Mister grape

When João Rodrigues invited us for dinner in Lisbon, we wondered where he would take us. João knows how to orchestrate memorable dining experiences like the jubilant dinners at Ceia or the soul-nourishing rustic lunches at Casa no Tempo in Alentejo.

He drove us to the Estrela neighborhood and parked the car on a vertigo-inducing hill. Then, we crossed the street to Senhor Uva (mister grape). Stephanie Audet and Marc Davidson, a Canadian couple, opened this vegetarian restaurant three years ago. Stephanie is the head chef and Marc curates the wine list, focused on European natural wines.

The restaurant is small and cozy, with large windows that offer low-angle views of the cobblestone street. We sat at the counter that overlooks the tiny kitchen. João asked our congenial server whether she could choose the food for us and pair it with wine. Soon, we were holding stylish wine glasses made in Austria by renowned wine critic René Gabriel, filled with a delightful white wine called António. Casal Figueira makes this wine near Lisbon in the windy hills of the Montejunto mountain. 

We were clinking our glasses when a plate arrived with black rice balls cooked with shitake mushrooms, leeks, eggplant, and a fermented Japanese fruit called umeboshi. The umami flavors of the rice made the wine feel richer and more intense.

The three cooks on duty that night joined efforts to make a stunning ceviche from green jackfruit. It arrived with another enviable white wine, Thyro, made in the Douro valley. Who could guess that a vegetable ceviche could rival a fish ceviche?

Next, we tried a delicious cauliflower cooked in a black beer sauce with black garlic and radishes. João noticed that all dishes have a perfect balance of fat, acidity, and crunchiness. Our next entrée vindicated this observation. It contained grapes marinated in rice vinegar, Jerusalem artichokes, beets, and new potatoes served with a delicious mole sauce. Vacariça, a lovely wine made in Bairrada from the local baga varietal, accentuated the chocolate flavors of the mole sauce.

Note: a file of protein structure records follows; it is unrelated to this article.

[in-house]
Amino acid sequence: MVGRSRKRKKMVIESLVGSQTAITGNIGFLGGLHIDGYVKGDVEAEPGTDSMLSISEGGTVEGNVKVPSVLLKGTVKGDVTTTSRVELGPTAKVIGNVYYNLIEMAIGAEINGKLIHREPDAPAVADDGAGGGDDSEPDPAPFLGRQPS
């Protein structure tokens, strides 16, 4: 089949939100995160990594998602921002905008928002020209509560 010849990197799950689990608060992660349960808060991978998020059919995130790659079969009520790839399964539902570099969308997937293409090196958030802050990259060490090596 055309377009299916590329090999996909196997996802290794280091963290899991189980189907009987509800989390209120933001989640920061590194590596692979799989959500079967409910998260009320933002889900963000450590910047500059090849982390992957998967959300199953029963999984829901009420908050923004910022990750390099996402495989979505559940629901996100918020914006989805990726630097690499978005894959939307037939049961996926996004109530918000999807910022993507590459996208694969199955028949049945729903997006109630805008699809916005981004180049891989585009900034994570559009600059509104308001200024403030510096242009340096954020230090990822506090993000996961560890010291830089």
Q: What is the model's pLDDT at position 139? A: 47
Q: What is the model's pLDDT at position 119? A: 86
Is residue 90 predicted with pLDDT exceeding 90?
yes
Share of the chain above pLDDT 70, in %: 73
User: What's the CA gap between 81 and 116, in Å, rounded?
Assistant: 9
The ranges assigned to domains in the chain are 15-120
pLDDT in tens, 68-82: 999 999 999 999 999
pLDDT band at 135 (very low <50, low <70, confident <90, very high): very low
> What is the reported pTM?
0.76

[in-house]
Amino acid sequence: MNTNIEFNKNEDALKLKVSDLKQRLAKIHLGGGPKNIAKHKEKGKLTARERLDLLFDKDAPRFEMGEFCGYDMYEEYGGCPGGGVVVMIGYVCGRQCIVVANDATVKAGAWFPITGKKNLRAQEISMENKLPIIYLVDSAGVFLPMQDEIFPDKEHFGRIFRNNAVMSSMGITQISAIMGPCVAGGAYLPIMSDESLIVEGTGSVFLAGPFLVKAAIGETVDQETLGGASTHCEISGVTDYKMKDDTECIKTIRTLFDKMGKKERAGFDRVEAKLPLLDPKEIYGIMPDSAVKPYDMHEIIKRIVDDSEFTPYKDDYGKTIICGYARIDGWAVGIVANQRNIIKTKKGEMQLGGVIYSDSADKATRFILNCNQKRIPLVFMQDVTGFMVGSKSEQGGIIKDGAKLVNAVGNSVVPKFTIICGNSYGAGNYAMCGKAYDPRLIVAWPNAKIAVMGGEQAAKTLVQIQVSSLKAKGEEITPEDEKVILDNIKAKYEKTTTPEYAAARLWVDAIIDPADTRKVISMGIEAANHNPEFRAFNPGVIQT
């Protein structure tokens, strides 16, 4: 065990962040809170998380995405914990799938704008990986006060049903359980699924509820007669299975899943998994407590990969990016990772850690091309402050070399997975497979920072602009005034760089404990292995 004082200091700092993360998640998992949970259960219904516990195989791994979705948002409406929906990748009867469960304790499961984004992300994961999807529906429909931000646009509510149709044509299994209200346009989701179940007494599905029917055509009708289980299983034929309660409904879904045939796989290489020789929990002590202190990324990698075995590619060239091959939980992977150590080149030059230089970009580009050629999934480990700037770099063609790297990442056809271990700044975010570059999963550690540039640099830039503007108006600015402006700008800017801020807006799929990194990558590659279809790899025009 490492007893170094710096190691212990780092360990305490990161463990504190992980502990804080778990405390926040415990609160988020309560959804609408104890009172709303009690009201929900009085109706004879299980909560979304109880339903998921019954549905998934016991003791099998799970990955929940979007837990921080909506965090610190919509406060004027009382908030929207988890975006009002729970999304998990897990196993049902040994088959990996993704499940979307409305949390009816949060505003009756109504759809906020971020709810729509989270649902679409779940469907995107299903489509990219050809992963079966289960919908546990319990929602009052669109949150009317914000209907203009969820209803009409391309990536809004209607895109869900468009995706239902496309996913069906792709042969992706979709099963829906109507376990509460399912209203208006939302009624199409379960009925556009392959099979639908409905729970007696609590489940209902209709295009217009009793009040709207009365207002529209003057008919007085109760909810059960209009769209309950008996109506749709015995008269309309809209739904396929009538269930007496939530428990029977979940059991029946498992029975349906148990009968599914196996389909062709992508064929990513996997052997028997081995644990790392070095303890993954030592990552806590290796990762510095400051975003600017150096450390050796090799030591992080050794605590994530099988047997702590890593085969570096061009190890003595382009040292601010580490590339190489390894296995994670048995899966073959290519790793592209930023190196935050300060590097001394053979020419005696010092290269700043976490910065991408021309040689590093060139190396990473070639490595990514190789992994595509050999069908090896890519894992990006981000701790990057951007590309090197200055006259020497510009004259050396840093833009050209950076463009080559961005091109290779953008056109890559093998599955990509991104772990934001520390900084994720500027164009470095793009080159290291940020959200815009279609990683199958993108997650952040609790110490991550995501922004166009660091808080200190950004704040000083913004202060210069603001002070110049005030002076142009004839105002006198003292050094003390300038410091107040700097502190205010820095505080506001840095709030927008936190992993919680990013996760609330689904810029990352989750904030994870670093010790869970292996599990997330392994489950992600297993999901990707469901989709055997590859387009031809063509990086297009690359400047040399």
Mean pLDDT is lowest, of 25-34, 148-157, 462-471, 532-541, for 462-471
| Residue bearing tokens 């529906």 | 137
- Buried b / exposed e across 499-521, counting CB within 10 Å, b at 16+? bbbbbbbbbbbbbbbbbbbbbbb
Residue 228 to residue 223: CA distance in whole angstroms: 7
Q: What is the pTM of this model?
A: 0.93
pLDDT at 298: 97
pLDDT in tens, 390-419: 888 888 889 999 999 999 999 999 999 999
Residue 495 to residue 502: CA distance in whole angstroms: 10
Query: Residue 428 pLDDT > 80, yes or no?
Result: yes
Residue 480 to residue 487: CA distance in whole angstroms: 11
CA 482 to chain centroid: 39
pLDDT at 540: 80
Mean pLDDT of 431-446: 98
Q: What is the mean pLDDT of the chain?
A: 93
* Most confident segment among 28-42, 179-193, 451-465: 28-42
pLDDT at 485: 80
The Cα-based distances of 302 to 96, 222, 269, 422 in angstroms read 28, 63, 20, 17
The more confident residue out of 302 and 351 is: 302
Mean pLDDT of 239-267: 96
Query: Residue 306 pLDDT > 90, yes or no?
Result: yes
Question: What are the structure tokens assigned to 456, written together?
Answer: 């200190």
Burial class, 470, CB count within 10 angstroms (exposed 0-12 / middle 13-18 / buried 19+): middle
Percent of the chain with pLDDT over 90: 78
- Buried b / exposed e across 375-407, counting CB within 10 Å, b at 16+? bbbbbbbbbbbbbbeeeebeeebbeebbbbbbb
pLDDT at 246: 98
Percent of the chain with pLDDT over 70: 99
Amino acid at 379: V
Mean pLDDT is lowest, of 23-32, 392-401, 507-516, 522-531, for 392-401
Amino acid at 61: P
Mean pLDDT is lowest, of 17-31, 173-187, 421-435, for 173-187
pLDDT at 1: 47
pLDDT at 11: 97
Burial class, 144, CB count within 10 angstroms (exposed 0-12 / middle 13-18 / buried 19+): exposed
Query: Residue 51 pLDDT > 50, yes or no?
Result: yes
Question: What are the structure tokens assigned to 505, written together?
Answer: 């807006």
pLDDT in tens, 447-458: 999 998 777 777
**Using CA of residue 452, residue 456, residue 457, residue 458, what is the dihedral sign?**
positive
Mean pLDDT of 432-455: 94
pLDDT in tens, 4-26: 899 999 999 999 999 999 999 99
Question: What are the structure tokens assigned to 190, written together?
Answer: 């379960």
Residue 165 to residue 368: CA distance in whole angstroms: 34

The savory part of our meal ended with delicate shitake mushrooms cooked in the oven with corn “xerem,” miso, hazelnuts, and pecorino Romano cheese. 

Then came the sweet part. First, a perfumed pineapple from the Azores cooked in three ways, accompanied by labneh, ginger, coconut, and yogurt sand. Second, a luscious roasted quince served with buckwheat, pear and hazelnut puree, and a Madeira wine reduction. 

Just as we were leaving, a reggae version of the famous Blood, Sweat, and Tears tune “You make me so very happy” poured out of the sound system. It is an apt hymn for a restaurant taking vegetarian cooking to joyful heights.

Senhor Uva is located at Rua de Santo Amaro 66A in Lisbon, tel. 21-396-0917. Click here for the restaurant’s website.